While the impact of the Affordable Care Act on businesses is hotly debated, it appears that the health care law is providing the unexpected benefit of reducing the number of people who are unable to leave their jobs to start new businesses, National Public Radio reported.
The traditional system of employer-provided health care in the U.S. may prevent people from leaving the their jobs to become entrepreneurs because of the difficulty of obtaining health care coverage in the private market--especially for those who have existing health issues. The problem is often referred to as "entrepreneur lock."
"Entrepreneur lock has proven to be a significant barrier to potential entrepreneurs," Dane Stangler, vice president of research and policy at the Kauffman Foundation, told NPR.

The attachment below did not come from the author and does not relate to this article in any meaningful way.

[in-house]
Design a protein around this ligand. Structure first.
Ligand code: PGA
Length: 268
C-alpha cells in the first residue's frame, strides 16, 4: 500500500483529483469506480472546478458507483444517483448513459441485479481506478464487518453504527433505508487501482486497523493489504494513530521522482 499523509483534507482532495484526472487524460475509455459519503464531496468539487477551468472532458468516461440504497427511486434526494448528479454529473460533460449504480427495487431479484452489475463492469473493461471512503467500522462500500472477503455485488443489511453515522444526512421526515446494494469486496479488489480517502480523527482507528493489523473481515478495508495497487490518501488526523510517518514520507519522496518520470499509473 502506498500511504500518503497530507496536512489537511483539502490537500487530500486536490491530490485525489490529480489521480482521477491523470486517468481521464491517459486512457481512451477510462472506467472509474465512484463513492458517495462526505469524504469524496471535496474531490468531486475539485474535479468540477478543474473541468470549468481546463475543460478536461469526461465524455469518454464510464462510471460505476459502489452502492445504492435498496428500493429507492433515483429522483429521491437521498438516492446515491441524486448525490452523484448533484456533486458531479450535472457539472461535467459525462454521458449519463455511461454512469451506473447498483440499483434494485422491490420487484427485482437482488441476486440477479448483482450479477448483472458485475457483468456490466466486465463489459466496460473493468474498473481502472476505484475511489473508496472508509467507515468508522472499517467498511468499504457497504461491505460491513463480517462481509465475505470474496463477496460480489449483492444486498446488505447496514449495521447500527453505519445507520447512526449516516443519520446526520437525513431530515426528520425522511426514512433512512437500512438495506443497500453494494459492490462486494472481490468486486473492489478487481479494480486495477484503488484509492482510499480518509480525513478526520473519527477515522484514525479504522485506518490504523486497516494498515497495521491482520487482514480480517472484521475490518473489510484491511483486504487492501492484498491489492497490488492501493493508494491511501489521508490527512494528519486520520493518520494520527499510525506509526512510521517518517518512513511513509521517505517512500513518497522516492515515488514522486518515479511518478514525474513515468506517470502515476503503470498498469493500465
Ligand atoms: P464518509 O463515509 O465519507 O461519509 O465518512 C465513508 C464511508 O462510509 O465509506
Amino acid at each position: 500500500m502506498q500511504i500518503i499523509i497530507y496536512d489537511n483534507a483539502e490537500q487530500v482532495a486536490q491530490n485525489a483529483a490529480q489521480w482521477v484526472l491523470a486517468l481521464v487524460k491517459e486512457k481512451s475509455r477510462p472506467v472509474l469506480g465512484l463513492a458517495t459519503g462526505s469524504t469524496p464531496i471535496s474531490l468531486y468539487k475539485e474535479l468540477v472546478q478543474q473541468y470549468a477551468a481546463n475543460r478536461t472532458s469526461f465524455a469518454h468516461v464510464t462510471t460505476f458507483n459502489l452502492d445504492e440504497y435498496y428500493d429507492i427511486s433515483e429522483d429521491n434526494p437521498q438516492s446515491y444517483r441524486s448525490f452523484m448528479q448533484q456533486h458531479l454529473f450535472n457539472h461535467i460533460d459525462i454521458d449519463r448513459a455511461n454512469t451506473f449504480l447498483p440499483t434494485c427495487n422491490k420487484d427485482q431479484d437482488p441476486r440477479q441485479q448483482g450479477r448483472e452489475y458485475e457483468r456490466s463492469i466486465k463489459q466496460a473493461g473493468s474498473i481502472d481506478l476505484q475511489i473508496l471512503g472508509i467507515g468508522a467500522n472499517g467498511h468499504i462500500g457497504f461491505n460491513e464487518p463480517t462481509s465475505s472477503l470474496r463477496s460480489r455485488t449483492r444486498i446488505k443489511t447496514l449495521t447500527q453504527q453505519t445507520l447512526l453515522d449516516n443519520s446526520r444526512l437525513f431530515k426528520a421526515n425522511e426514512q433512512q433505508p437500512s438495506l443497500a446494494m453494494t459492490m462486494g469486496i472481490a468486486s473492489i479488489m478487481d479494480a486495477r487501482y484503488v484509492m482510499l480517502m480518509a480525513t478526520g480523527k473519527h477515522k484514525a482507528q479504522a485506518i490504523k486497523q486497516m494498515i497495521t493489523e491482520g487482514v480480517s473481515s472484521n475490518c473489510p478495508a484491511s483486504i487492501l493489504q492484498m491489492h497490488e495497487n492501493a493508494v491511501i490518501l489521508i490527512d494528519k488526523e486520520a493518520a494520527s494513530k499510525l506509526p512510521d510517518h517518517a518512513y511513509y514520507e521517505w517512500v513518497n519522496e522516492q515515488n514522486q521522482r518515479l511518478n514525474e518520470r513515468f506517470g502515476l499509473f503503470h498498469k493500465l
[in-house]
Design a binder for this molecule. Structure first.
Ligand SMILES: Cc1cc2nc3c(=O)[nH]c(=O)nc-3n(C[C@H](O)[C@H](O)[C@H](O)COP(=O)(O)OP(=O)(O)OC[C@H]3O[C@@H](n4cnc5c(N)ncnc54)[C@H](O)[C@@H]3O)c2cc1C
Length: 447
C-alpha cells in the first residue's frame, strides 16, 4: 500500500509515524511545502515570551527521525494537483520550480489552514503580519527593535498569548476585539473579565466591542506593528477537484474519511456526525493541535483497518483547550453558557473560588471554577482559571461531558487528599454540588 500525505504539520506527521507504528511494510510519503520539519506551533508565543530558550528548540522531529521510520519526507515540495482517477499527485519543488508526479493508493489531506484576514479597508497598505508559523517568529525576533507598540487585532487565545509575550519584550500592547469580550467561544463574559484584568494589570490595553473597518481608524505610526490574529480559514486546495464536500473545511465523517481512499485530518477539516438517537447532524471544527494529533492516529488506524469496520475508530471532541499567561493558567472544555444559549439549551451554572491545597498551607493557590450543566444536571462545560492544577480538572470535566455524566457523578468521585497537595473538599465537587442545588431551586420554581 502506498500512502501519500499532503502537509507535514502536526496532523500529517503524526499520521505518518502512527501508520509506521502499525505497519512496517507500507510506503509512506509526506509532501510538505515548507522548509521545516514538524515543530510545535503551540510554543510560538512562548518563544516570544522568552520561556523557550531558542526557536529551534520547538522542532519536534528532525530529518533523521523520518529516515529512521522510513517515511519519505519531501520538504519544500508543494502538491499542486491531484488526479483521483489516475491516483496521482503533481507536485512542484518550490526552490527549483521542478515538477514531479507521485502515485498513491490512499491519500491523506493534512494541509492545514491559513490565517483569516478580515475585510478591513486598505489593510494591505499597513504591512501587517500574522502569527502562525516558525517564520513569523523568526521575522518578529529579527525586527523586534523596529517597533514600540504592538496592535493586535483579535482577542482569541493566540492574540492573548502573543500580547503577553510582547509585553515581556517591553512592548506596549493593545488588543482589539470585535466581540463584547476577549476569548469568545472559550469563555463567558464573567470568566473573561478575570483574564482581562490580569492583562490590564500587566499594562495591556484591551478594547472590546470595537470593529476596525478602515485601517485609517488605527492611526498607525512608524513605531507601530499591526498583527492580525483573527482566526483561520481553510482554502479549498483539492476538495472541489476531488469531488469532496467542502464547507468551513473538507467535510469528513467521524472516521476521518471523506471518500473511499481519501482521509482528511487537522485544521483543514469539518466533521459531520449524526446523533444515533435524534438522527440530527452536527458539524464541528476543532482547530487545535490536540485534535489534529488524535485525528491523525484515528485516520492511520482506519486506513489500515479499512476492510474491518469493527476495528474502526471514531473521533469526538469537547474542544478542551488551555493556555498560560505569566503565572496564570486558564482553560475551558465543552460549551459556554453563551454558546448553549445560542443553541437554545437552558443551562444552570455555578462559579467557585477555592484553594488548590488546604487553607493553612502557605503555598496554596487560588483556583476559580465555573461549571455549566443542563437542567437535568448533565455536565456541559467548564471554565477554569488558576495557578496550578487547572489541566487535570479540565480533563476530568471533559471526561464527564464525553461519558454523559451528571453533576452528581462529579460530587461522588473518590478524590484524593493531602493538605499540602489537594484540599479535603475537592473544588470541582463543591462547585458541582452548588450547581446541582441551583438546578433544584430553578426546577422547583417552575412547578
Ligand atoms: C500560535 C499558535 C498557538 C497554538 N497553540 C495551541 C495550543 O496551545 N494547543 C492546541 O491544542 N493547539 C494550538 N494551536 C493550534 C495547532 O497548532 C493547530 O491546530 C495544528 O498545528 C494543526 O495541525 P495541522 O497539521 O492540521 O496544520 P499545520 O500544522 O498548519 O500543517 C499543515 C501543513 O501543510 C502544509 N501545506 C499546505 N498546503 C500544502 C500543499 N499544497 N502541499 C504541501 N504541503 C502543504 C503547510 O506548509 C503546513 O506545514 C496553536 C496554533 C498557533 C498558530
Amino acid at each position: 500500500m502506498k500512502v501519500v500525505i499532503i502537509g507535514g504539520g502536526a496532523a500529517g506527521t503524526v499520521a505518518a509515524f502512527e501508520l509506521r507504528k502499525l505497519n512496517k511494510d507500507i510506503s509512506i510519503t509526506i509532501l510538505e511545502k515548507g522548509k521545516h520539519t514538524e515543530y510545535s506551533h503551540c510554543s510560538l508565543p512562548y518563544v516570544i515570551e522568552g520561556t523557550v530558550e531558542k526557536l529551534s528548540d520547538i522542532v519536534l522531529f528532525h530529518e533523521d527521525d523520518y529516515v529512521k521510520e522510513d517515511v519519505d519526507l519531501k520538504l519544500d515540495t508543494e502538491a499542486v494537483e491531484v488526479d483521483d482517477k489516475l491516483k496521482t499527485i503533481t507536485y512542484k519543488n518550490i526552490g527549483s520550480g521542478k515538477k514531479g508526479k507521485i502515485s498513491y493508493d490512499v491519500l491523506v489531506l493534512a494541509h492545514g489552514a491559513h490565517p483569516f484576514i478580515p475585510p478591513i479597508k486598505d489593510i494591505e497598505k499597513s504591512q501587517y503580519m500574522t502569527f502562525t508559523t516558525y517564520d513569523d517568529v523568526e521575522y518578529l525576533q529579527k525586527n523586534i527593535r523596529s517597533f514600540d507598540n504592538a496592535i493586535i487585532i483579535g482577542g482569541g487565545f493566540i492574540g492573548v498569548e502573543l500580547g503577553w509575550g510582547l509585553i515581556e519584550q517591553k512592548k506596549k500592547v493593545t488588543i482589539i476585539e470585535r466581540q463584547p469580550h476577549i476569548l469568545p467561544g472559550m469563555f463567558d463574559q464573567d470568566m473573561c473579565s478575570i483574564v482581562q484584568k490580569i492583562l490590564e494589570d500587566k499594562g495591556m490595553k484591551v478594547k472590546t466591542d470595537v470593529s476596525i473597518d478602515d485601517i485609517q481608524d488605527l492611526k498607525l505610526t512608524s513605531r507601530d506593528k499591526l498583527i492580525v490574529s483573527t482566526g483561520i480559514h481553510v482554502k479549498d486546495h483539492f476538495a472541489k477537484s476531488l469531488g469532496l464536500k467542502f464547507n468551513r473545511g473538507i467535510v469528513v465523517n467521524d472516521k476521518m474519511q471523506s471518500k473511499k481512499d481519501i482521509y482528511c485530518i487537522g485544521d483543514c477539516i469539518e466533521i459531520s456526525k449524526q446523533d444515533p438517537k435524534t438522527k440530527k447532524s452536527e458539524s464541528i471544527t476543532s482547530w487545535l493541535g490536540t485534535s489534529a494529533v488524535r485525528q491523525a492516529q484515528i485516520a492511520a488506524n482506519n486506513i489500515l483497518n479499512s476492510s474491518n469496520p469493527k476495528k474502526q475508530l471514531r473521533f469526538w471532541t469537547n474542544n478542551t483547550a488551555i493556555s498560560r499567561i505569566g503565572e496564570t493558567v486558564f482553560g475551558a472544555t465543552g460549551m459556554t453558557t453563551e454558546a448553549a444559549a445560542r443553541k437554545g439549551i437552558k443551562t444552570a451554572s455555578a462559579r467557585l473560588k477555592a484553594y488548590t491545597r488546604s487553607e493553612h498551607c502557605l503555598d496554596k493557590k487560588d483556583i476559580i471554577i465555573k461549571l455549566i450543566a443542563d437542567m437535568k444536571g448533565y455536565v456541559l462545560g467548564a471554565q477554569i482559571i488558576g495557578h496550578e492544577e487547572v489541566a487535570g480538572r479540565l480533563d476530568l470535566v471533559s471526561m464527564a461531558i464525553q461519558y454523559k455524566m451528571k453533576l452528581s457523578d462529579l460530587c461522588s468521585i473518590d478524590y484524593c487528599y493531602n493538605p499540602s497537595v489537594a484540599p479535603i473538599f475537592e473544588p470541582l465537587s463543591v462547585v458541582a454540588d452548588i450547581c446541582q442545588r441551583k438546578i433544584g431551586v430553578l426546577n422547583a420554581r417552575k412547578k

Under the Affordable Care Act, it is much easier for these potential entrepreneurs to get coverage after leaving their jobs, NPR reports. "To the extent that the Affordable Care Act unlocks that job lock--that entrepreneur lock--one effect is to provide a boost to entrepreneurship overall," Stangler said.
In fact, Craig Garthwaite, professor of management and strategy at the Kellogg School of Management, estimated that implementation of the act could lead 500,000 to 900,000 people to leave the labor market. Additionally, Stangler estimated that the Affordable Care Act could create roughly 25,000 new businesses per year. He added, however, that if the government limits the number of inexpensive catastrophic policies, they could become too expensive for some entrepreneurs, NPR reported.